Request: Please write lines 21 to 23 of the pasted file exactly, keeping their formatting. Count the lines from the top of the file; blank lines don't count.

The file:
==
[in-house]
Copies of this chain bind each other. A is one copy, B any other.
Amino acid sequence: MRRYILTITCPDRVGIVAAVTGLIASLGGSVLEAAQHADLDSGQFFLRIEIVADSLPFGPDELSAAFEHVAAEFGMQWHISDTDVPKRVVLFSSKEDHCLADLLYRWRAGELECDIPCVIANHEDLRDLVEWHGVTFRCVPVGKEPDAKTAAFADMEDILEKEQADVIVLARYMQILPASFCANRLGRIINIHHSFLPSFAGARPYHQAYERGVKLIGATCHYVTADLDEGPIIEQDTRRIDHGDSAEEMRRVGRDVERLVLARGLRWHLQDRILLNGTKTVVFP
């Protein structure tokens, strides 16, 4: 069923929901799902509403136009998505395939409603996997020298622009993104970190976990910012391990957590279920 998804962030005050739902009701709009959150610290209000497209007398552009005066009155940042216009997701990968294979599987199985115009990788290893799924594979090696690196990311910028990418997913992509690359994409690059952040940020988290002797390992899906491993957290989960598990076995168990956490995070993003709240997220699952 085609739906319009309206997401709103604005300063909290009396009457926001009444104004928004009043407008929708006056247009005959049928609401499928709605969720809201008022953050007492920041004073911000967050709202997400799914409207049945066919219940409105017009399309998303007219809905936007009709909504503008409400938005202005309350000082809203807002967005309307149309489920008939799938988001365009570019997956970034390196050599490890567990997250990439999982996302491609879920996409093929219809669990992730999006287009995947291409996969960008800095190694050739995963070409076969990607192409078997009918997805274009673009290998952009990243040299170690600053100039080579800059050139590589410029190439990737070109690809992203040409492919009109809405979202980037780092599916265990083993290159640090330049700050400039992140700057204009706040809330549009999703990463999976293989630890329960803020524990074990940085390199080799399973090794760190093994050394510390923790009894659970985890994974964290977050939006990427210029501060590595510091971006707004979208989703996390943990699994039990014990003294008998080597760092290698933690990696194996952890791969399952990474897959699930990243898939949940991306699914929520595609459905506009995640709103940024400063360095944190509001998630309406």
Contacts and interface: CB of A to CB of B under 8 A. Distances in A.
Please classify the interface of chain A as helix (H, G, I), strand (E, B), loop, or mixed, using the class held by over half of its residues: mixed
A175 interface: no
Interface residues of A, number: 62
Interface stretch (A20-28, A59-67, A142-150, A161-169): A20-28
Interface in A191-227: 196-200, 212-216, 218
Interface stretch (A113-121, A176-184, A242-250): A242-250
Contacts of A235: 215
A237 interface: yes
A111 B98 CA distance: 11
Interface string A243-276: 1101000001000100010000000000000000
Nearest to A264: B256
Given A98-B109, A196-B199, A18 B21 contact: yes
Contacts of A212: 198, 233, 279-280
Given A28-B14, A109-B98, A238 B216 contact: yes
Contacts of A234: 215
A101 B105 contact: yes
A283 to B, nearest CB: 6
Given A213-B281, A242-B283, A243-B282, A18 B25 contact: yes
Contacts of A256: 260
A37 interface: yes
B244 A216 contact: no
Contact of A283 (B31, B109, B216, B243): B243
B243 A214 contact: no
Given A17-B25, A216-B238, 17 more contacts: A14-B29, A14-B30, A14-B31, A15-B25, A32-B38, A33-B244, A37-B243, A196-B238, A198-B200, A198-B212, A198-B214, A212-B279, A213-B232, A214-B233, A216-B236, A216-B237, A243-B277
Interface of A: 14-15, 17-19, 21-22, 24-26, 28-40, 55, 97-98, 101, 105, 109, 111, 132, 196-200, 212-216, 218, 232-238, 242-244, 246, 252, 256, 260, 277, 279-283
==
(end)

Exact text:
A101 B105 contact: yes
A283 to B, nearest CB: 6
Given A213-B281, A242-B283, A243-B282, A18 B25 contact: yes